Hello CarmaFans, Sim here!
I Just thought I would share a little bit of good news on development side of things and also share something funny that happened during the week…
Little Bit of THIS – Mega Virtual Texturing News
First bit of grand news is that the texturing technique we are implementing – previously referred to by us non-tech types as Mega Texturing, but actually more accurately termed “Virtual Texturing” – should be finished “by the end of the week”… Which is actually around about… NOW. HORRAH!
This means that the lovely detailed environment work the artists have been doing that utilises this amazing technology will actually be visible on yer everyday decent PC, all around the office (and not just on super-powered throbbing shit hot art PCs), in a matter of days!
And what is Virtual Texturing, again? I asked our Head of Tech, Nick Slaven, for a description that even nobby would be able to understand. Nick replied, “Well strictly speaking it’s known as Sparse Virtual Texturing, and simply put it is the creation of large virtual textures that are streamed from disk. The mega texture system takes artist generated image data and chops it into many smaller texture pages that can be streamed off disk as needed. This will allow artists to create greater levels of texture detail within the scene than we’ve ever had before, and will speed up the loading times and keep memory usage low.
The texture pages are of fixed size, currently 128 by 128 pixels and the system currently supports a page array of 65536 by 65536, giving a virtual texture space of 8,388,608 by 8,388,608 pixels.
On our test levels only a fraction of this space is currently used, around 500 x 500 pages, this is still around 250,000 unique texture pages being generated occupying around 7 to 9 GBytes of disk space.
We’ve plenty of space for expansion, disk space permitting (if the whole virtual texture were filled, we wouldn’t actually be able to store it on current hardware… )”
GOOD STUFF EH ;) (But nobby looked like it made his head hurt, and had to have a lie down.) When he’d come to his senses again, he added, “So, every day we’re moving closer to a reveal of the work on the levels. The wait is as frustrating to us as it is to all of you out there, but that’s what happens when you’re re-writing the game core tech pretty much from scratch at the same time as developing the game itself. It’s all about ‘dependencies’, and we has them.” And to emphasise this, he booted a passing badger up the arse.
Little bit of THAT – Fun with Physics!
This week we got a really interesting email from the art team, entitled “Fun with Physics”.
I’m going to copy and paste the email here, but first I’ll give you a bit of information on what Dave is talking about.
In our Industrial level we have the basic shipping containers around a dock area, and there are also big machines like the one Tom Cruise drives in War of the Worlds, that pick up these containers and move them about. This helps to bring the environment to life, and will add some hazards for the player to have fun driving around in the level. The Email was about a bug that relates to these elements:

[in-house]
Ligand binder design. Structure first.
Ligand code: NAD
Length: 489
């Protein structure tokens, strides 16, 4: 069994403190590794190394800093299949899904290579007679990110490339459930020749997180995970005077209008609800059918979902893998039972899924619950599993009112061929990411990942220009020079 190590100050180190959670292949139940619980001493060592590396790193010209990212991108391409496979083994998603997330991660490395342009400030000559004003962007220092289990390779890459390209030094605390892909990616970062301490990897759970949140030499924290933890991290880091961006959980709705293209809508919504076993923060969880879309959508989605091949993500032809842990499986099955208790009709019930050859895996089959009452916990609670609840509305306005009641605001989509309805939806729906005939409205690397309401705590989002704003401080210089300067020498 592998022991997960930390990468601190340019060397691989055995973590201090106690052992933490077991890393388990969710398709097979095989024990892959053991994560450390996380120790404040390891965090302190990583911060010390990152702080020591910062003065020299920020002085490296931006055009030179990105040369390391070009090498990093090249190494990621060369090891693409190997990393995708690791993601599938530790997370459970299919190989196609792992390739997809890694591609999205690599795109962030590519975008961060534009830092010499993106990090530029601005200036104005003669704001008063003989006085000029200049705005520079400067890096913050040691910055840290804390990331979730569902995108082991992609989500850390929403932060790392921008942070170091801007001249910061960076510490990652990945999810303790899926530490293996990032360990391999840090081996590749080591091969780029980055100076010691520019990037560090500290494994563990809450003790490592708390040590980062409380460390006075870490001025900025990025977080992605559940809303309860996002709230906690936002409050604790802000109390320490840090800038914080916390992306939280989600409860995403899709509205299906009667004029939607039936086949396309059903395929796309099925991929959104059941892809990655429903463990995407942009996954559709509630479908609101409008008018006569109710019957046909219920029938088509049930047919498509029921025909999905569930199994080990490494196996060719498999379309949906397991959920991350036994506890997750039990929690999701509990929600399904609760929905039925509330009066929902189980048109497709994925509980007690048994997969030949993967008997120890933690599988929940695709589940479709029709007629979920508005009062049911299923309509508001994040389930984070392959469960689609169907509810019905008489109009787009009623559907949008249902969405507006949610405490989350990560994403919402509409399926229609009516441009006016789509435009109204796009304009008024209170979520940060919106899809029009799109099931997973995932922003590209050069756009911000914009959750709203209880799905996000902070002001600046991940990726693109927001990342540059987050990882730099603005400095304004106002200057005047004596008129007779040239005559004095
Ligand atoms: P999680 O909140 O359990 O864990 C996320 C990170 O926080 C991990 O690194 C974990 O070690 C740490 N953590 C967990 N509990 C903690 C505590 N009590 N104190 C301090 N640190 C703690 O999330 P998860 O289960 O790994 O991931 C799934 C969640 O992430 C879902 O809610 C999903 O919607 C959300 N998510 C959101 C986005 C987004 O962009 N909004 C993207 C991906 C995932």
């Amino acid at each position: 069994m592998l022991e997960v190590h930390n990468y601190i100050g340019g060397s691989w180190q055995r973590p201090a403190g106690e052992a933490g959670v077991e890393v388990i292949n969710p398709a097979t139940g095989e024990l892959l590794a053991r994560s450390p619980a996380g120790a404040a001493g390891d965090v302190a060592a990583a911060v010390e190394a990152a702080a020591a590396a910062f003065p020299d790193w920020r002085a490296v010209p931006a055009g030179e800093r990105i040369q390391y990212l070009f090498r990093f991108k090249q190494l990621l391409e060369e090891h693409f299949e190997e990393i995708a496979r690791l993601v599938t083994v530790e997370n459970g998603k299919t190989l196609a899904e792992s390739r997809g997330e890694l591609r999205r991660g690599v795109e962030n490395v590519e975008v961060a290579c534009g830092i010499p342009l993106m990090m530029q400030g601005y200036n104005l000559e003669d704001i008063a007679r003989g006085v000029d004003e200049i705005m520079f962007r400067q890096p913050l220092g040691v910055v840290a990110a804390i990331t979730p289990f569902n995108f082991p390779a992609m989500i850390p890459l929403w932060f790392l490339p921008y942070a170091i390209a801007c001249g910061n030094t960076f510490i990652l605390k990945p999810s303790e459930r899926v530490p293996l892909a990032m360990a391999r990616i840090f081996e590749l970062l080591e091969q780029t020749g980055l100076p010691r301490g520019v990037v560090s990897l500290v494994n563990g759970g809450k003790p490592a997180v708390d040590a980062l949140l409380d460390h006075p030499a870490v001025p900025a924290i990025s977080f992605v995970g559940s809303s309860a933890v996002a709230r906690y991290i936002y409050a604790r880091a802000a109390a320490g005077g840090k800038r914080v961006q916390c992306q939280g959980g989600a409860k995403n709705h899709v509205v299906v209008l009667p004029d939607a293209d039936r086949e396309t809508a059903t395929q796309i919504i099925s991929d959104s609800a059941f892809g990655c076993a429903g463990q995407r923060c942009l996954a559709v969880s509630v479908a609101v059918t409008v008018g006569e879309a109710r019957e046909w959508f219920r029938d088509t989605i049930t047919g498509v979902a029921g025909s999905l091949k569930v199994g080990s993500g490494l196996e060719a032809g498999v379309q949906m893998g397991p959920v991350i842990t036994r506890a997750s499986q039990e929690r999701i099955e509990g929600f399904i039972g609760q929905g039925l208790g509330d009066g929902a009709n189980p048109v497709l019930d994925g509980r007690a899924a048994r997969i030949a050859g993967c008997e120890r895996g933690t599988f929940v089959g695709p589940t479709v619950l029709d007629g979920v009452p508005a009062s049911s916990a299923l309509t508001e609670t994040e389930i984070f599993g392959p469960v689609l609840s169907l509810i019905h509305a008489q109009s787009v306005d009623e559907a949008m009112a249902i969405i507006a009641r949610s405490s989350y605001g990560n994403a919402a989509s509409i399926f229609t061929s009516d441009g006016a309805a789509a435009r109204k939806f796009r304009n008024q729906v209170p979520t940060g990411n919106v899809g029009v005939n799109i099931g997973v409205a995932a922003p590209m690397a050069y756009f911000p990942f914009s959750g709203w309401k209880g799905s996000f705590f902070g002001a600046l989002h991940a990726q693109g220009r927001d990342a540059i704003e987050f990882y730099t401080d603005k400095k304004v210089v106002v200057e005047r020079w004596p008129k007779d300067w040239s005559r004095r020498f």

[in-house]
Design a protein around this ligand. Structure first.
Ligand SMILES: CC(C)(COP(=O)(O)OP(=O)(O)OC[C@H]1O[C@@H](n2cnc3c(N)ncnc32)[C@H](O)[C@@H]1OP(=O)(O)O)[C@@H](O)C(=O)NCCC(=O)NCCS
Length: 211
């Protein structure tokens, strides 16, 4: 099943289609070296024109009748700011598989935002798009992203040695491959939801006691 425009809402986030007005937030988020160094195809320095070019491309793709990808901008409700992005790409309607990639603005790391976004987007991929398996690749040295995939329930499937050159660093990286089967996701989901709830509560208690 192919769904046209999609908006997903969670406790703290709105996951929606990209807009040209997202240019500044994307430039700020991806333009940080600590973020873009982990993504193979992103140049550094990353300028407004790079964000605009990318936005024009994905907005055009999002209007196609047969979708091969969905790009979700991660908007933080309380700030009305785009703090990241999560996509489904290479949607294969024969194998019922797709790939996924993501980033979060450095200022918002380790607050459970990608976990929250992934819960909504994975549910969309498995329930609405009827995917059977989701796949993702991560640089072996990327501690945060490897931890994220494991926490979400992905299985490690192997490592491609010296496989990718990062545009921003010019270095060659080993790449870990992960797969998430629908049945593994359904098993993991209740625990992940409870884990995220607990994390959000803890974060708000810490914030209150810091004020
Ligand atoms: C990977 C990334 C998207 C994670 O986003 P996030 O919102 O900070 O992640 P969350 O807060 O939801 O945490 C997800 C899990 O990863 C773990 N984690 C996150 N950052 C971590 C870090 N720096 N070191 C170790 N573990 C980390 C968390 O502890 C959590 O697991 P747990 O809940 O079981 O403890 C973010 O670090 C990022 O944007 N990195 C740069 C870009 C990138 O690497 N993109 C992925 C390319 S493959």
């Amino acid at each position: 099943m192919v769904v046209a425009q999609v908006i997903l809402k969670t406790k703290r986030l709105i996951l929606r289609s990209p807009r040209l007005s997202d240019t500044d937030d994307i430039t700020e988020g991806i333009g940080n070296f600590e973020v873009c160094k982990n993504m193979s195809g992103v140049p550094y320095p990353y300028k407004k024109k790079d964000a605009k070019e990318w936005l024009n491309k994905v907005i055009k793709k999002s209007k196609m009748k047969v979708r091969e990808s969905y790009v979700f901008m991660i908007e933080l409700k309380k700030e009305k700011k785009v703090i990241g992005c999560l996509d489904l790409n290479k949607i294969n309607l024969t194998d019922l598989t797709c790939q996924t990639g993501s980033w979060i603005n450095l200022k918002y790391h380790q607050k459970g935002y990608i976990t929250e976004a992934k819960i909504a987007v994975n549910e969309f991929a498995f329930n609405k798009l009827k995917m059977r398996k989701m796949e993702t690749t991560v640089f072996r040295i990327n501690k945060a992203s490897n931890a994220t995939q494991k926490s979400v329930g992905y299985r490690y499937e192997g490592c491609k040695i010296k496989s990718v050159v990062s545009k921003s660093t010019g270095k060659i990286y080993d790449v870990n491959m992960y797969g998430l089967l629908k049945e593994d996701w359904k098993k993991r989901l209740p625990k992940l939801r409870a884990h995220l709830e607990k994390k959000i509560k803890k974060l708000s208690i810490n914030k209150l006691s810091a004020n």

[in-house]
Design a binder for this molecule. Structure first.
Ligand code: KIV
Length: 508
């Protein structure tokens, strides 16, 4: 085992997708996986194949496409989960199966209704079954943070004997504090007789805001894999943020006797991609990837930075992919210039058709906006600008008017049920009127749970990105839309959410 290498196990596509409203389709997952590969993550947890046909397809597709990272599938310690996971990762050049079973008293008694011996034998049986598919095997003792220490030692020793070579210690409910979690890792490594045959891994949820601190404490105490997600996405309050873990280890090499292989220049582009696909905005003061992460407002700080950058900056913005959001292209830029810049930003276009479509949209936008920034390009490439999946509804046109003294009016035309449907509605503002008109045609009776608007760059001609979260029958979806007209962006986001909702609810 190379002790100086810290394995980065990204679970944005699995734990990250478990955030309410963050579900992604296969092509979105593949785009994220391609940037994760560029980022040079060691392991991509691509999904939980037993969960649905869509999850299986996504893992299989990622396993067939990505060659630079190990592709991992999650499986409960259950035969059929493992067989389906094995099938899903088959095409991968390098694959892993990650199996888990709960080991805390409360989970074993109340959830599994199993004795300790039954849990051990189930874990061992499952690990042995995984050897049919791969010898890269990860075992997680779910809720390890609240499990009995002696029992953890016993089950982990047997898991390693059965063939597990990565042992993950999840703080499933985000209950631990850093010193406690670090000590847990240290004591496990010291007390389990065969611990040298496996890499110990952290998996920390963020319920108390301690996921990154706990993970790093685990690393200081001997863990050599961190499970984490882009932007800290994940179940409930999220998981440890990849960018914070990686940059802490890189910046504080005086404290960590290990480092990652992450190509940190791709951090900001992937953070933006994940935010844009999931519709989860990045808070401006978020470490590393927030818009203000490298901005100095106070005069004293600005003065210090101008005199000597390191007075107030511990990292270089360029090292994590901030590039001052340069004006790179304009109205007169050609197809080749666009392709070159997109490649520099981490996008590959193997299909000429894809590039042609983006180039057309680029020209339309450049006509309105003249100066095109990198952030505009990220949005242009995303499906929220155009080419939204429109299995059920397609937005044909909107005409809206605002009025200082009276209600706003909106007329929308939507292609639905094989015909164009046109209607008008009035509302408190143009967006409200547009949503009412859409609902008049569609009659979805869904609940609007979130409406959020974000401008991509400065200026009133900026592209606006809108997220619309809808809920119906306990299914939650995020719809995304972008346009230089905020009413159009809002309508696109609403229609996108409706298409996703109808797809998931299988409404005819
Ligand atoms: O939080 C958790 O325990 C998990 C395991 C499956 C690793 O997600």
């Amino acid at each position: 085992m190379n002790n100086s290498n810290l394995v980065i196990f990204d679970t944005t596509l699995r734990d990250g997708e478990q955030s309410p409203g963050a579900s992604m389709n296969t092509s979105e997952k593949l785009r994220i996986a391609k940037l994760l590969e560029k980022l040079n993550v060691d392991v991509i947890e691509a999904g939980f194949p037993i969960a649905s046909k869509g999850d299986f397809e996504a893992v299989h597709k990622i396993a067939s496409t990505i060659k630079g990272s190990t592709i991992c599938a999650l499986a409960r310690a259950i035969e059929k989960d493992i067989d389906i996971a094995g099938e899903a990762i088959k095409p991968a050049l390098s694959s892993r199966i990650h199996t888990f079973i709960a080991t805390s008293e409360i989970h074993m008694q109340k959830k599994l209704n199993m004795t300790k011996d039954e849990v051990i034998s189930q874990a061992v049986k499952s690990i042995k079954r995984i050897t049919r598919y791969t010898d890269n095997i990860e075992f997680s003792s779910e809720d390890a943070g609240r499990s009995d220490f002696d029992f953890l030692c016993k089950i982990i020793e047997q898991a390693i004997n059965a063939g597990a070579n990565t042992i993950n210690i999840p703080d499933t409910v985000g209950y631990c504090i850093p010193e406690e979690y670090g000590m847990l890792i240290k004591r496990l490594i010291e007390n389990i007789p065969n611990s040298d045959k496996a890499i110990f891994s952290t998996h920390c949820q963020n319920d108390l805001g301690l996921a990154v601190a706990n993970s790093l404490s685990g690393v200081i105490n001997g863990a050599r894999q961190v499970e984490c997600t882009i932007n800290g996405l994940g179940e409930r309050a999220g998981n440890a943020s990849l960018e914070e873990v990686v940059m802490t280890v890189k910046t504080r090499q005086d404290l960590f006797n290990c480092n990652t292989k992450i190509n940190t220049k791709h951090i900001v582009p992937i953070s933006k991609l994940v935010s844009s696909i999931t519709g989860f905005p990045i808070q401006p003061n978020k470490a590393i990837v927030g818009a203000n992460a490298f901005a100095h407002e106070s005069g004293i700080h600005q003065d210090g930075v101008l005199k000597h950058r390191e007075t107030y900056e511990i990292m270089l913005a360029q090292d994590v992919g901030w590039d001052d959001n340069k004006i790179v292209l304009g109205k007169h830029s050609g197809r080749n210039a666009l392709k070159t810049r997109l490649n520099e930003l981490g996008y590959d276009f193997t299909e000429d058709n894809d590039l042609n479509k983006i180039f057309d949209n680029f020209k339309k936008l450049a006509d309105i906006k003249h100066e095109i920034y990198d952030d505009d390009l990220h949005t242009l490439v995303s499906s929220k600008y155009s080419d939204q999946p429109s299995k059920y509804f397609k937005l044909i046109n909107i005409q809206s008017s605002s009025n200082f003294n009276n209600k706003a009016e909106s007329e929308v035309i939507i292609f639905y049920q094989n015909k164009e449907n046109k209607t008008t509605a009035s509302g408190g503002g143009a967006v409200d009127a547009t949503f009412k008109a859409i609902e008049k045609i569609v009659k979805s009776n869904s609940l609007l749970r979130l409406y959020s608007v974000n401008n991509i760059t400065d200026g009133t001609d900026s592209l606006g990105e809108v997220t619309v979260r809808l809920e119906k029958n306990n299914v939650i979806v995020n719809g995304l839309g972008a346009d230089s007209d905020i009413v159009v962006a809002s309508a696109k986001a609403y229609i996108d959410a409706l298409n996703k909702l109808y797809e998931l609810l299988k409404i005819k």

Most of you will have noticed by now the utter devastation of the containers in the dock area of industrial which occurs after about 3½ minutes.
I discovered what’s causing it yesterday evening (bear with me, there’s a bit of explanatory preamble).
It’s caused by the loader animation looping. The loader animation consists of the loader moving containers A and B around the yard.
In order to save on keyframes however, the animation isn’t a complete loop – at the end of the animation A and B have swapped places.
Visually this isn’t an issue as the containers look identical so the animation appears to loop seamlessly… until such time as the containers are given a mass less than infinity…
The start and end positions of containers A and B are some 300m apart and the animation runs at 30fps
This means that at the point the animation loops back to the start, these containers have to move 300m back to their starting positions in one thirtieth of a second
Which is 9km/s
Which is 32400km/h... just over Mach 33
By way of comparison:
- Velocity of Geostationary orbit - 11052 km/s
- Orbiting Velocity of International Space Station – 27,600 km/h
- Escape velocity on Earth – 40,320 km/h
It gets better…
Containers A and B have been given a mass of 100 metric tonnes (heavy enough not to be moved by collision)
So let’s consider the kinetic energy of a 100 tonne object moving at 9km/s
E = ½mv² = 50000 x 9000² = 4.05 trillion joules
Or to put it another way…
0.968 Megatons of explosive energy
If the container was spherical and hit the ground at a perpendicular angle the resulting crater would measure 189 metres across
Such is the accuracy of our physics that this kinetic energy in-game is enough to launch a 3 tonne container 500m….. Which I imagine is pretty much what happens when a nuclear bomb goes off in a dockyard.
So my fuckup qualifies as both astronomical and apocalyptic!
So thanks for sharing Dave! He quickly fixed the problem, BUT! We sneakily got hold of the offending buggy container Loader, and we have a cunning plan to stick it back in the level (or our test environment) and reproduce the outcome for all to see!
Of course, what this “Whoops!” moment emphasises is that this is exactly the kinda fun you will be able to have using CarMODgeddon, which will allow you to muck around with the parameters of all manner of in-game assets and also add your own, so you too can have Fun in the Stainless Playground of Physics™!
Now boot a badger up the bum… in celebration!
See ya soon Carmachums!